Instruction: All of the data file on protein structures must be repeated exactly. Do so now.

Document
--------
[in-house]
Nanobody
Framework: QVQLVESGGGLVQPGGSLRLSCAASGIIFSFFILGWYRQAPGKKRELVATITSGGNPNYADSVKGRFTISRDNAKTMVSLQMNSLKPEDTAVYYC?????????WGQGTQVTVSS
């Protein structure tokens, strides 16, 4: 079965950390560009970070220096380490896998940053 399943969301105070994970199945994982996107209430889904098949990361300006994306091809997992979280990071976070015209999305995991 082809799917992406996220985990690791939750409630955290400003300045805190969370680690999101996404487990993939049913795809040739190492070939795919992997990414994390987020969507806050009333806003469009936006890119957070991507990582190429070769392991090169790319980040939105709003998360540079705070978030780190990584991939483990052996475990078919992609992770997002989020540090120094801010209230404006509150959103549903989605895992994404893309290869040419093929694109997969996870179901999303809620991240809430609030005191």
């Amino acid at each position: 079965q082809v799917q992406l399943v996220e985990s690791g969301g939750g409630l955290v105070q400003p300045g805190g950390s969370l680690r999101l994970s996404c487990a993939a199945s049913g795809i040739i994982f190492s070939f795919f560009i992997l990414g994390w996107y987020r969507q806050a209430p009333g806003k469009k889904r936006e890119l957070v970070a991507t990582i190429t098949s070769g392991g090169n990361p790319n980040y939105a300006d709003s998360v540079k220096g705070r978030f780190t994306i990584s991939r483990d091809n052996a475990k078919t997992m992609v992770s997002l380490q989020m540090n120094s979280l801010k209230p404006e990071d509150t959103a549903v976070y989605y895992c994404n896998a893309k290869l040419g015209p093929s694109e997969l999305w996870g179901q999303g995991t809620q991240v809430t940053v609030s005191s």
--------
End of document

[in-house]
Nanobody
Framework: QVQLVESGGGLVQPGGSLRLSCAASGIIFSFFILGWYRQAPGKKRELVATITSGGNPNYADSVKGRFTISRDNAKTMVSLQMNSLKPEDTAVYYC?????????WGQGTQVTVSS
């Protein structure tokens, strides 16, 4: 079965950390560009970070220096380490896998940053 399943969301105070994970199945994982996107209430889904098949990361300006994306091809997992979280990071976070015209999305995991 082809799917992406996220985990690791939750409630955290400003300045805190969370680690999101996404487990993939049913795809040739190492070939795919992997990414994390987020969507806050009333806003469009936006890119957070991507990582190429070769392991090169790319980040939105709003998360540079705070978030780190990584991939483990052996475990078919992609992770997002989020540090120094801010209230404006509150959103549903989605895992994404893309290869040419093929694109997969996870179901999303809620991240809430609030005191």
């Amino acid at each position: 079965q082809v799917q992406l399943v996220e985990s690791g969301g939750g409630l955290v105070q400003p300045g805190g950390s969370l680690r999101l994970s996404c487990a993939a199945s049913g795809i040739i994982f190492s070939f795919f560009i992997l990414g994390w996107y987020r969507q806050a209430p009333g806003k469009k889904r936006e890119l957070v970070a991507t990582i190429t098949s070769g392991g090169n990361p790319n980040y939105a300006d709003s998360v540079k220096g705070r978030f780190t994306i990584s991939r483990d091809n052996a475990k078919t997992m992609v992770s997002l380490q989020m540090n120094s979280l801010k209230p404006e990071d509150t959103a549903v976070y989605y895992c994404n896998a893309k290869l040419g015209p093929s694109e997969l999305w996870g179901q999303g995991t809620q991240v809430t940053v609030s005191s």